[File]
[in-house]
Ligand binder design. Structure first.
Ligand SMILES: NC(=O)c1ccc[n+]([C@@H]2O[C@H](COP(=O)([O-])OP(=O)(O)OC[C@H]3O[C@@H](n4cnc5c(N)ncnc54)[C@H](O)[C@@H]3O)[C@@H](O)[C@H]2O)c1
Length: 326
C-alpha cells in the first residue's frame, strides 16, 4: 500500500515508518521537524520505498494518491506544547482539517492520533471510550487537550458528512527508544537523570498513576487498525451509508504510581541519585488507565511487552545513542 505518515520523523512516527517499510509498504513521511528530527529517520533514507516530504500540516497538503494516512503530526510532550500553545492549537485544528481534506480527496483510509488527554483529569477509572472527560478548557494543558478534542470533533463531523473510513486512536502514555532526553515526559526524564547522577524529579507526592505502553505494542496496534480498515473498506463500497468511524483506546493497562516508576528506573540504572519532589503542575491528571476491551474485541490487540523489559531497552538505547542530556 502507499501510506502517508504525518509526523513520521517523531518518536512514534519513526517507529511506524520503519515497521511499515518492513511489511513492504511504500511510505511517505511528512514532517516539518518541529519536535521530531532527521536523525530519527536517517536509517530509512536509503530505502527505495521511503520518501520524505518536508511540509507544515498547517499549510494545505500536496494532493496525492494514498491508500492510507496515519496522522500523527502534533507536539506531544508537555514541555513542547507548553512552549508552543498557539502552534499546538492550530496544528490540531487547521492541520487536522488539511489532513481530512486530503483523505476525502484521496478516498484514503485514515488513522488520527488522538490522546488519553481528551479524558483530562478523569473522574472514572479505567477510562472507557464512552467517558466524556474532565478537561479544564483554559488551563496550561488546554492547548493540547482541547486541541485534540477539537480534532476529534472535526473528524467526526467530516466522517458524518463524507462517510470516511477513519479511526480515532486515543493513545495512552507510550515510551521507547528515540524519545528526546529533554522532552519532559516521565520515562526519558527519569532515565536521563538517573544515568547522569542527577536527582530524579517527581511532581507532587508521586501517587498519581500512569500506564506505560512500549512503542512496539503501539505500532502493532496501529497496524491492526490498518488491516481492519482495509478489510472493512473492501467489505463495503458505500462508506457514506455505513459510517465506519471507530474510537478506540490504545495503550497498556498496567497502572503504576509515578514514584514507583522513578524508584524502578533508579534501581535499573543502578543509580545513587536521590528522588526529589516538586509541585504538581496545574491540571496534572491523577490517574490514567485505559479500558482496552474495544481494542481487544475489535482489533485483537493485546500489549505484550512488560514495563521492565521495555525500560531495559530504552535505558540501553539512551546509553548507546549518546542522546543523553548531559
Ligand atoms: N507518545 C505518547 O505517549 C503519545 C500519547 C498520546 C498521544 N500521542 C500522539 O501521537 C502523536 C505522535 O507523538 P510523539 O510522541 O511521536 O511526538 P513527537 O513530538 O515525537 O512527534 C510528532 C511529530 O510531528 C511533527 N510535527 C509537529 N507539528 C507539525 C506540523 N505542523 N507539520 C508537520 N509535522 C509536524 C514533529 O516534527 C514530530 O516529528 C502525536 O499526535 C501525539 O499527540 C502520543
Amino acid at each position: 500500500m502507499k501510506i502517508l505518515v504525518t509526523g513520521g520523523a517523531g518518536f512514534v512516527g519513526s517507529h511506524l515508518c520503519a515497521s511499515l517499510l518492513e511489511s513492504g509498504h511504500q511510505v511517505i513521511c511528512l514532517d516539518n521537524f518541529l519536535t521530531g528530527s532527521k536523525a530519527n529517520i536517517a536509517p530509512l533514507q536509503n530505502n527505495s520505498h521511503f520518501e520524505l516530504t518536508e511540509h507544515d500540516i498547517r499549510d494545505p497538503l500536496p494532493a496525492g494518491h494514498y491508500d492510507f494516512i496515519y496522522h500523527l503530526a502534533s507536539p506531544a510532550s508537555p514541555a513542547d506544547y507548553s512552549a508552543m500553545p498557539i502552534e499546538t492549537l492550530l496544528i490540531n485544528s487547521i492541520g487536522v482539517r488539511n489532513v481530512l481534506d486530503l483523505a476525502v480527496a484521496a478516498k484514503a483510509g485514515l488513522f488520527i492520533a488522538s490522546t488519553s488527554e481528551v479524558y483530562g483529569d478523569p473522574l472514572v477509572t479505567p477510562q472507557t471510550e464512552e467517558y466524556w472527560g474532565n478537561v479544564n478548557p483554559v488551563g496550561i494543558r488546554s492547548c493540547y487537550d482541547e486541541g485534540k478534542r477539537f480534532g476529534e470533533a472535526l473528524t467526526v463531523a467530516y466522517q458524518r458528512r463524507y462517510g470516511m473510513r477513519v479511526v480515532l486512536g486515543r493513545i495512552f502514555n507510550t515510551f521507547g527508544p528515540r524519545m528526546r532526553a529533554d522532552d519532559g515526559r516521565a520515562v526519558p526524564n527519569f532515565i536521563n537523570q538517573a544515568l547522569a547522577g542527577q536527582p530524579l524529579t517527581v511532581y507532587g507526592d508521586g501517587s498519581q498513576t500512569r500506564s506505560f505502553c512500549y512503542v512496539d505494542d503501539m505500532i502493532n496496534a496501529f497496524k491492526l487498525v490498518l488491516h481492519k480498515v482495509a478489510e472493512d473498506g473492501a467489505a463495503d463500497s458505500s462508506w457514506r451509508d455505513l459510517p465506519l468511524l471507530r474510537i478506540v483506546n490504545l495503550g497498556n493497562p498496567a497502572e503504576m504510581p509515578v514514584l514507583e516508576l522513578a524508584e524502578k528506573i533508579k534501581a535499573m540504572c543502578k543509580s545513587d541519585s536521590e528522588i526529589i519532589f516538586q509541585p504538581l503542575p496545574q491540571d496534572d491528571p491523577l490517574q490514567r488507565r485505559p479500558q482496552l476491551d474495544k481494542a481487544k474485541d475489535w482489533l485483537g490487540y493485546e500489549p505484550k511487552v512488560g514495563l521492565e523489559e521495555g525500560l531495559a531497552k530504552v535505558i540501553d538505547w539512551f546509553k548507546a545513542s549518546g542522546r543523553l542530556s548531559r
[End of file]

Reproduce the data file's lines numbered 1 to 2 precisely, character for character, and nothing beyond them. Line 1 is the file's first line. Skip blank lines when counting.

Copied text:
[in-house]
Ligand binder design. Structure first.